I mean, we really need some sort of interface or service to plug in our implementation when we need to provide some sort of designer targeting a non-developer user. The ability to choose from application-specific types, for instance, is quite a must.

    Notre, I see that we are doing something very similar on doing this kind of rehosting, may be we can share our experiences on doing this stuff(?). Please let me know if you are interesting in sharing some details on the same.

    Thank you all!
    Keep up the great job!
    Cheers
    Adriano
    Thursday, November 5, 2009 9:01 PM
  • Hi, one of our testers wrote an app that demonstrates the process. See Implementing a Custom Expression Editor on my blog. Some sample code is attached.

    Thanks
    Cathy Dumas

    • Marked as answer by Notre Tuesday, November 10, 2009 5:16 PM
    Thursday, November 5, 2009 11:13 PM
  • Adriano,

    Thanks for the information about the scenario, it's useful to understand how you want to be able to use the designer.  We definitely want to be able to enable you to build these kind of experiences for your end users. 

    As Cathy mentions, we do have the capability to wholesale replace the expression editor with something more friendly for an end user than typing in code.  What we don't have is the ability to override the whole argument/variable design experience.  If you want to be able to do that, the best path for that is to disable the display of ours and invoke the display of your in your app (maybe the bottom of the designer isn't the best place for your app, maybe you want to have a menu item, a task icon on the left side, etc).  If you want it to display in a similarl place, the best we can do in vs2010 is have you put your buttons right below the designer (you could try to get fancy and overlay the buttons, but I'm not sure how critical it is for your scenario.

    Notre, you asked a couple of questions:

    a) get the information about arguments in scope for a given activity (its own explicitly declared variables and any of those in 'parent' activities)

    There is not a public API that returns this information.  I will followup with a blog post on how we determine what variables are in scope and what you would need to do to figure that out.  Basically we just walk up the tree via the Parent pointer and find out if containing activities have variables and we add those into a collection.


    b) update the set of variables/arguments myself, after having added a new variable/argument in my custom editor?

    Certainly, you can do this directly from your custom editor by binding to the model items that represent the variables or arguments items.  For the case of arguments, you would navigate to the root activity builder and bind your UI to the Properties property of ActivityBuilder's model item.  For variables, you would likely build a colleciton of the variable model items from above and build your UI to edit this.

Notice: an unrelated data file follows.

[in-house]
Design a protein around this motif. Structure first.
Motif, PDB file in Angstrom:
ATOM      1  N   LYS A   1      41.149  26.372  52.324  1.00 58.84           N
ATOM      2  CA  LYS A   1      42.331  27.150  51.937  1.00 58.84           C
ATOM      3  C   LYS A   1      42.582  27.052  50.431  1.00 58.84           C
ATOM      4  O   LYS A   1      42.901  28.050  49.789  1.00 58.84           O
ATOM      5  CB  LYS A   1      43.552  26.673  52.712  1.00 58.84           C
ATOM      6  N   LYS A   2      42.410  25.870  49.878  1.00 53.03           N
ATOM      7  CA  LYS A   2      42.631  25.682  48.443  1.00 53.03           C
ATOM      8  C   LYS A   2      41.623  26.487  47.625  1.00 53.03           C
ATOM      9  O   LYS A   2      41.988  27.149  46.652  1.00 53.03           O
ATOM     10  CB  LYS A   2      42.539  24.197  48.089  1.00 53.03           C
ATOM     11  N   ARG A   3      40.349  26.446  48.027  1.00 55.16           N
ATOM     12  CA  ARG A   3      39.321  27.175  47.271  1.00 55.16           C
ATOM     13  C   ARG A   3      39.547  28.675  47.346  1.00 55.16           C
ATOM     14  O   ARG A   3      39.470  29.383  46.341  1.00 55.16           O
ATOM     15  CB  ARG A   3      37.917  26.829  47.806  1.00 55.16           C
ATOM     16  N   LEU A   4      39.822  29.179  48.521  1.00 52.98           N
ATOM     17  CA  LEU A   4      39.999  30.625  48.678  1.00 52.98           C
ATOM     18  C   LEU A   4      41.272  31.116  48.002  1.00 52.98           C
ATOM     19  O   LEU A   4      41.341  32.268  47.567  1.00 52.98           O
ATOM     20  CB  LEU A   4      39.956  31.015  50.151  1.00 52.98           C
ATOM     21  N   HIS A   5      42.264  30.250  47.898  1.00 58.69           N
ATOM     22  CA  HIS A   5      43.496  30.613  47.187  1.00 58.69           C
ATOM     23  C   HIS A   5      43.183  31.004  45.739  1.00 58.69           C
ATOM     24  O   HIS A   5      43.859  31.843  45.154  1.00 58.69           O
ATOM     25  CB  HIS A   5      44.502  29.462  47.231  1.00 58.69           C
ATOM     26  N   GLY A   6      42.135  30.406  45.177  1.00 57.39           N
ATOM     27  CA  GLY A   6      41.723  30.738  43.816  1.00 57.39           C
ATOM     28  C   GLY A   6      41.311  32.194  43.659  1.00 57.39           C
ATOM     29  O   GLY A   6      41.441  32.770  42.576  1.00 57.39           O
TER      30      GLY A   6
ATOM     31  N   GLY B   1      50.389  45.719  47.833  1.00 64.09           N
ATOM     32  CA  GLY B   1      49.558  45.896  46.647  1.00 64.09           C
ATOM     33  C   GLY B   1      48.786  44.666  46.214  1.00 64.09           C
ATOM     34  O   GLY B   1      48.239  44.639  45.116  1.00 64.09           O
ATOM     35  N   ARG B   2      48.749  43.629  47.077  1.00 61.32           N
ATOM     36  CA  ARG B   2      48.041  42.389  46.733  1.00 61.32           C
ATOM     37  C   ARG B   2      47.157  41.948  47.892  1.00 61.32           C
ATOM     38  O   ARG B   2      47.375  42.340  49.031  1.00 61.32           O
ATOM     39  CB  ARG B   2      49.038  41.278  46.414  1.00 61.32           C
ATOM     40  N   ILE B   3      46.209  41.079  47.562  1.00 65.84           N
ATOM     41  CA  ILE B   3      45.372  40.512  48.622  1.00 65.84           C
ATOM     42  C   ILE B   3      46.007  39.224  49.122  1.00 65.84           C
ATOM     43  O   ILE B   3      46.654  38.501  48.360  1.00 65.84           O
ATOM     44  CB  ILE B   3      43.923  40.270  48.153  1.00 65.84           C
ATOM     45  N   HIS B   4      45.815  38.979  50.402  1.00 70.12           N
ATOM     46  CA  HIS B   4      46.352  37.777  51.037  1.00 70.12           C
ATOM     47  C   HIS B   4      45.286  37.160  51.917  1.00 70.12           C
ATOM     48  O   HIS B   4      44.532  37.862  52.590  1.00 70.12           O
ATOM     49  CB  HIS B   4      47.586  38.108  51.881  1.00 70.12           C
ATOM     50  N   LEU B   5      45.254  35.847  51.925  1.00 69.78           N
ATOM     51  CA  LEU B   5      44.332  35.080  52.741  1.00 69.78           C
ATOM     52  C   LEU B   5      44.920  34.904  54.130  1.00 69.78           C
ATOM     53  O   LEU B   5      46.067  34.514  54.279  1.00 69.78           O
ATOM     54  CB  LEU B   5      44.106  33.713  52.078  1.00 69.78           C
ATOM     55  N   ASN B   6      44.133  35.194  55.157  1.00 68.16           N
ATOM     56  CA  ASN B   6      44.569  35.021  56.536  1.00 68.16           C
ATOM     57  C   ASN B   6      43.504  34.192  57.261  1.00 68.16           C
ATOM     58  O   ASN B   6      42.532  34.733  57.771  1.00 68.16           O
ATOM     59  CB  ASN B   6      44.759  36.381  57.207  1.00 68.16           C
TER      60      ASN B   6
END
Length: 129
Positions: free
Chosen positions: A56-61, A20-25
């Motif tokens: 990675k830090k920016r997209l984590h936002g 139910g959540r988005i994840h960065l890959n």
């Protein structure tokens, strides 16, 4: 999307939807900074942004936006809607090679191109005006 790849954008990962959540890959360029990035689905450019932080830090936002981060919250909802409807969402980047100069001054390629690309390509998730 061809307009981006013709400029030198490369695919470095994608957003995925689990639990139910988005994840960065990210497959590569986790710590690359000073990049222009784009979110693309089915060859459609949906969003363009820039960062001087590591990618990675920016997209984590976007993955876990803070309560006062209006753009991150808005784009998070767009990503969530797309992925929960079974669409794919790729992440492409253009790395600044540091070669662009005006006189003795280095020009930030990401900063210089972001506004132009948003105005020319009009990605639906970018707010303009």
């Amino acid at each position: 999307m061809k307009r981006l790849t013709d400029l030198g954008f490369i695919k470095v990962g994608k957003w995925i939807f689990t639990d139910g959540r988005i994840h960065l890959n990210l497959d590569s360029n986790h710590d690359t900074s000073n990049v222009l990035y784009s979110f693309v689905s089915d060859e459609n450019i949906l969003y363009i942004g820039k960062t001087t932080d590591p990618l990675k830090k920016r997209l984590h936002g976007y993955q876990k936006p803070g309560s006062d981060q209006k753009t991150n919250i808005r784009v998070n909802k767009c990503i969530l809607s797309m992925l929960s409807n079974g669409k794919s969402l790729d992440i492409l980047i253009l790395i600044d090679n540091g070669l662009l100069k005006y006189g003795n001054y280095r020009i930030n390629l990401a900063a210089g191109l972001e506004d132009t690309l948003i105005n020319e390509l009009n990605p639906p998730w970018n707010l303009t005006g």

Is there any object model exposed that allows me to query/update the arguments and variables for an activity?  If not, could I safely read/write to the XAML directly (or are there issues like caching of variables/argument in memory that might be out of sync with XAML at a given time, or the XAML schema is subject to change in later releases)?

    If you start write to the XAML (or underlying OM) directly, you will get out of sync, and there isn't a good way of flushing the entire designer. The right OM to interact with at design time is the Model Item tree, it will make sure that your view and source stay in sync, will take care of things like Undo/Redo, and in general, will be the best way to manipulate objects at design time.

    I hope this helps,

    matt



    Program Manager -- wf designer -- http://blogs.msdn.com/mwinkle
    • Marked as answer by Notre Tuesday, November 10, 2009 5:16 PM
    Thursday, November 5, 2009 11:39 PM
  • One additional bit of information, after looking through a little bit more of the source.  If you choose to implement your own expression text box, the implementation of IExpressionEditorService.CreateExpressionEditor will pass you a list of ModelItems which correspond to the variables, so within your implementation of IExpressionTextBoxService, you will be able to list the variables.

    I'm working on a blog post for how you can compute the same list that would be passed to you here.

    matt


    Program Manager -- wf designer -- http://blogs.msdn.com/mwinkle
    • Marked as answer by Notre Tuesday, November 10, 2009 5:16 PM
    Friday, November 6, 2009 12:19 AM
  • Hi Notre,
    To try to answer the outstanding question, you should be able to create your own editor for Arguments or Varibables which updates the variables/arguments by updating the ModelItem tree. There are a couple minor complications for Arguments.